Foreign competitors often add a great deal of diversity to indus-tries because of their differing circumstances and often differing goals. Owner-operators of small manufacturing or service firms may as well, because they may be satisfied with a subnormal rate of re-turn on their invested capital to maintain the independence of self- ownership, whereas such returns are unacceptable and may appear irrational to a large publicly held competitor. In such an industry, the posture of the small firms may limit the profitability of the larger concern. Similarly, firms viewing a market as an outlet for excess ca-pacity (e.g., in the case of dumping) will adopt policies contrary to those of firms viewing the market as a primary one. Finally, differ-ences in the relationship of competing business units to their corpo-rate parents is an important source of diversity in an industry as well. For example, a business unit that is part of a vertical chain of busi-nesses in its corporate organization may well adopt different and perhaps contradictory goals than a free-standing firm competing in the same industry. Or a business unit that is a “cash cow” in its par-ent company’s portfolio of businesses will behave differently than one that is being developed for long-run growth in view of a lack of other opportunities in the parent. (Some techniques for identifying diversity in competitors will be developed in Chapter 3.)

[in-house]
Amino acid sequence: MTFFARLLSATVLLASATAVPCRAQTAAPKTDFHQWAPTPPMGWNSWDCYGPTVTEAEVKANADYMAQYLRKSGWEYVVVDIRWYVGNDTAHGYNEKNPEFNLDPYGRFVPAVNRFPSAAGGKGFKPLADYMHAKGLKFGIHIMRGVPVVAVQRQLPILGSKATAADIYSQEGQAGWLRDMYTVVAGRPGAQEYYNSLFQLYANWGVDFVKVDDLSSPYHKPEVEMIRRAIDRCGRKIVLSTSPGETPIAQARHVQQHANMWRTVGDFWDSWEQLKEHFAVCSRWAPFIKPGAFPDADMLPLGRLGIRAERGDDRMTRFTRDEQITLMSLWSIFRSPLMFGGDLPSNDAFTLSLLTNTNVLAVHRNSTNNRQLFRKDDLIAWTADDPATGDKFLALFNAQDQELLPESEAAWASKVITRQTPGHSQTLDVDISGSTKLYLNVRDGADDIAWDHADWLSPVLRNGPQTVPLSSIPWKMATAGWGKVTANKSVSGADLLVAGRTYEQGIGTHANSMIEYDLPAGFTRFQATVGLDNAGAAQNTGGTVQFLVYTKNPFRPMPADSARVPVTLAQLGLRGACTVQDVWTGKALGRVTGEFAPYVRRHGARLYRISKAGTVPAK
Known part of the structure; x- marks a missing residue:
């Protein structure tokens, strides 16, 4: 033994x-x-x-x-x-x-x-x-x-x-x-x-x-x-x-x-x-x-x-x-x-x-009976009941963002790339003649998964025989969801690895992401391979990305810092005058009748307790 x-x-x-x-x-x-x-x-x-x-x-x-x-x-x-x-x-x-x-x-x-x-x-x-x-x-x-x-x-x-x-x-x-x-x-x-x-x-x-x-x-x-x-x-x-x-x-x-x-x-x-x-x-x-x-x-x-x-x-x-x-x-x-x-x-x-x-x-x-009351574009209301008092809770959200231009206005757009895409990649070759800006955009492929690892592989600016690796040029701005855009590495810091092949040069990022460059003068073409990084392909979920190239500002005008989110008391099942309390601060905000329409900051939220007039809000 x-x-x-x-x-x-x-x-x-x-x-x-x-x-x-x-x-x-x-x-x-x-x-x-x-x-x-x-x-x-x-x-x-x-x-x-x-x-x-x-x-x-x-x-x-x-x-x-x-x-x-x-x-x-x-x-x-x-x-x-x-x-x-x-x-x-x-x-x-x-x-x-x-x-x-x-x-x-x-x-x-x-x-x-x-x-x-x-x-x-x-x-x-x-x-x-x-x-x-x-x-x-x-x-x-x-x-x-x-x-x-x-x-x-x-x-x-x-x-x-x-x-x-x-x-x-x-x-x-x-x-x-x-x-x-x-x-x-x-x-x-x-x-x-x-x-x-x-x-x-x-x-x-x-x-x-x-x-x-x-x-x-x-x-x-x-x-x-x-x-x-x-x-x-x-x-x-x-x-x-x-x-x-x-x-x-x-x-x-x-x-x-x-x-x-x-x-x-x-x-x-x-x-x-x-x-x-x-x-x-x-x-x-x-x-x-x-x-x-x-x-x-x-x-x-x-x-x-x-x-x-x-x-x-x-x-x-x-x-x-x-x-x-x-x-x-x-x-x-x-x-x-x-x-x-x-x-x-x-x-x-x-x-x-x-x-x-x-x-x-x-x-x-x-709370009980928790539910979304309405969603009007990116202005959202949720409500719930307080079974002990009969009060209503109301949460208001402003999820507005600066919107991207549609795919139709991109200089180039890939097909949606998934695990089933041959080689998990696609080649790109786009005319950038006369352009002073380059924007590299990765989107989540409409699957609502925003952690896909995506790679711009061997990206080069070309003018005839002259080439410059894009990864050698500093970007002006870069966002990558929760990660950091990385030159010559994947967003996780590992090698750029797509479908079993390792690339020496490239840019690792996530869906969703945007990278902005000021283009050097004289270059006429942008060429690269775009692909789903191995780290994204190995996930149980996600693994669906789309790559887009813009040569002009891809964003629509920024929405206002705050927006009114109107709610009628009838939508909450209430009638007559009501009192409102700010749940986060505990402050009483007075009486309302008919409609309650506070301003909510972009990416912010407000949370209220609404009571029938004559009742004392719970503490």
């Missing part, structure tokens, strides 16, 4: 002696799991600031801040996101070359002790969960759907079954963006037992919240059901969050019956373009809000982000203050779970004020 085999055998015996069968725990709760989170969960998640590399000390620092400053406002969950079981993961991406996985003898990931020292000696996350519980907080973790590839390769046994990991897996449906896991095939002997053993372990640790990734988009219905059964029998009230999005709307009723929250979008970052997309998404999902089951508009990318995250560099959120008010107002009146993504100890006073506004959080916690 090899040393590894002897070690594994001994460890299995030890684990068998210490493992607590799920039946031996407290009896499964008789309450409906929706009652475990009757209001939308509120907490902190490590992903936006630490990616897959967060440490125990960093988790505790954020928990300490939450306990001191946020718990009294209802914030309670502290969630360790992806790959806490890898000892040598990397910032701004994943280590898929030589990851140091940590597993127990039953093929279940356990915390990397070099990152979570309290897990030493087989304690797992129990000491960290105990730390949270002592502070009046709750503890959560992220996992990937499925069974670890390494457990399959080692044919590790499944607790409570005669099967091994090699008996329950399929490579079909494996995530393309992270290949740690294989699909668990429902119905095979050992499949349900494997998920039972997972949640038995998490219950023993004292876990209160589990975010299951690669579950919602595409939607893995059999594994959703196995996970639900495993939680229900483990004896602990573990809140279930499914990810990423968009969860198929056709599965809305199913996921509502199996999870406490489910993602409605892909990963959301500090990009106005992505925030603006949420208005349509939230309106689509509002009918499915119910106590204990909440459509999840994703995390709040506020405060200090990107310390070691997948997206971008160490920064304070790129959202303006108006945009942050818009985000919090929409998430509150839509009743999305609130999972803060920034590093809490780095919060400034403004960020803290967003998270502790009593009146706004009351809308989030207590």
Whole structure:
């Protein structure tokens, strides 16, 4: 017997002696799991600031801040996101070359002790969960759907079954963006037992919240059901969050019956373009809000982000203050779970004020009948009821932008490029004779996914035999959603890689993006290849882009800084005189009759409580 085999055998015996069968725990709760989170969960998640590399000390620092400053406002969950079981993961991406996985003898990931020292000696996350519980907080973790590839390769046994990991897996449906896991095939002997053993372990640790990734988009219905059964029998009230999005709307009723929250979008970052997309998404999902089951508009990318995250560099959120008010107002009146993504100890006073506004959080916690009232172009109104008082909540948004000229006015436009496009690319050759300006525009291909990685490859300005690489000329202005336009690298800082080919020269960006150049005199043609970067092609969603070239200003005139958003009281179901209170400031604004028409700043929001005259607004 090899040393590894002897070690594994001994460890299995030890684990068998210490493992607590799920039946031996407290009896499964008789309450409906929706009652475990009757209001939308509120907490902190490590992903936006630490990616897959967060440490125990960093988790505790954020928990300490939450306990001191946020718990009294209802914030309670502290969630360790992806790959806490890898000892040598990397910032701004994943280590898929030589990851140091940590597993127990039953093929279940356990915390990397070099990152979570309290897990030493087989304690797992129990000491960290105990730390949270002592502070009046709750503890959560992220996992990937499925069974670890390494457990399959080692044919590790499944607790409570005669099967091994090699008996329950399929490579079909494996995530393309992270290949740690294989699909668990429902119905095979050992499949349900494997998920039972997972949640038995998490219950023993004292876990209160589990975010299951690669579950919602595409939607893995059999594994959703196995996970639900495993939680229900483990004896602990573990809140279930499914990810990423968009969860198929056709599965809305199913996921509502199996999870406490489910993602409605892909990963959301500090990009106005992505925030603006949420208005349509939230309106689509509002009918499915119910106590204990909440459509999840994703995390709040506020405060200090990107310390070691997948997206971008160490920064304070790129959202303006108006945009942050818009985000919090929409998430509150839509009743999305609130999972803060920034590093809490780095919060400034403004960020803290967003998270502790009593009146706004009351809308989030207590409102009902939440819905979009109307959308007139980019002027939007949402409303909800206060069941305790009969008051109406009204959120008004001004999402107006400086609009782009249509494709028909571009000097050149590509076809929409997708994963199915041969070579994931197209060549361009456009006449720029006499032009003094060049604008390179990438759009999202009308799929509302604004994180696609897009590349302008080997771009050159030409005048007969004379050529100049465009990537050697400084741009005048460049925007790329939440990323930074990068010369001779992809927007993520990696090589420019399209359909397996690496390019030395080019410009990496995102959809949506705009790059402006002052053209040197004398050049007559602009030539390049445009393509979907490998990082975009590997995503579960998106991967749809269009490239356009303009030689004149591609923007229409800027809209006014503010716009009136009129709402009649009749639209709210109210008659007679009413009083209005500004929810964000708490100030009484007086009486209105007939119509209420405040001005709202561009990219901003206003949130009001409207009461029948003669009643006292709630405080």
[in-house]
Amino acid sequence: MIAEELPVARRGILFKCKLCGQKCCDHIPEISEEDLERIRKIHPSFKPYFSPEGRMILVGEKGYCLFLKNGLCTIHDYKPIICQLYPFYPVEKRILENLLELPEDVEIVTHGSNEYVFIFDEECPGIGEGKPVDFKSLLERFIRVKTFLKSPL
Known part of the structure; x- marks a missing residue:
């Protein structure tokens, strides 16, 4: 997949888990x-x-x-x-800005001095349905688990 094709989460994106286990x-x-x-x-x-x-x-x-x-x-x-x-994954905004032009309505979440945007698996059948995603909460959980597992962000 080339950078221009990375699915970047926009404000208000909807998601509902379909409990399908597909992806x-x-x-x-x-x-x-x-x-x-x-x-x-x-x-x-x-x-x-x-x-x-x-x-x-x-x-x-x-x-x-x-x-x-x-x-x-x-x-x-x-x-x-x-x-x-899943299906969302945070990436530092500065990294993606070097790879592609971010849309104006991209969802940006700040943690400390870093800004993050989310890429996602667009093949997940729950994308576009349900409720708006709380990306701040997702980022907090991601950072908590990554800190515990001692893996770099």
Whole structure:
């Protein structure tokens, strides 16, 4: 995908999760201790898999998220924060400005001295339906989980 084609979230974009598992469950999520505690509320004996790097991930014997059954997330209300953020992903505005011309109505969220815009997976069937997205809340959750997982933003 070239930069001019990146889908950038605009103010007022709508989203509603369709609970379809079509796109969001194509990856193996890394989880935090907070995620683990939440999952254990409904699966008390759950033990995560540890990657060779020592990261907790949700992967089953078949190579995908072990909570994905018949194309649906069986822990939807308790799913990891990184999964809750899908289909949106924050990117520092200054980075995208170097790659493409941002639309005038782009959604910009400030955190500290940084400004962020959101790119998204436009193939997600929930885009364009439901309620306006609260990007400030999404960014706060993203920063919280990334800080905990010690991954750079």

High Strategic Stakes. Rivalry in an industry becomes even more volatile if a number of firms have high stakes in achieving suc-cess there. For example, a diversified firm may place great impor-tance on achieving success in a particular industry in order to further its overall corporate strategy. Or a foreign firm like Bosch, Sony, or Philips may perceive a strong need to establish a solid position in the U.S. market in order to build global prestige or technological credi-bility. In such situations, the goals of these firms may not only be diverse but even more destabilizing because they are expansionary and involve potential willingness to sacrifice profitability. (Some techniques for assessing strategic stakes will be developed in Chap-ter 3.)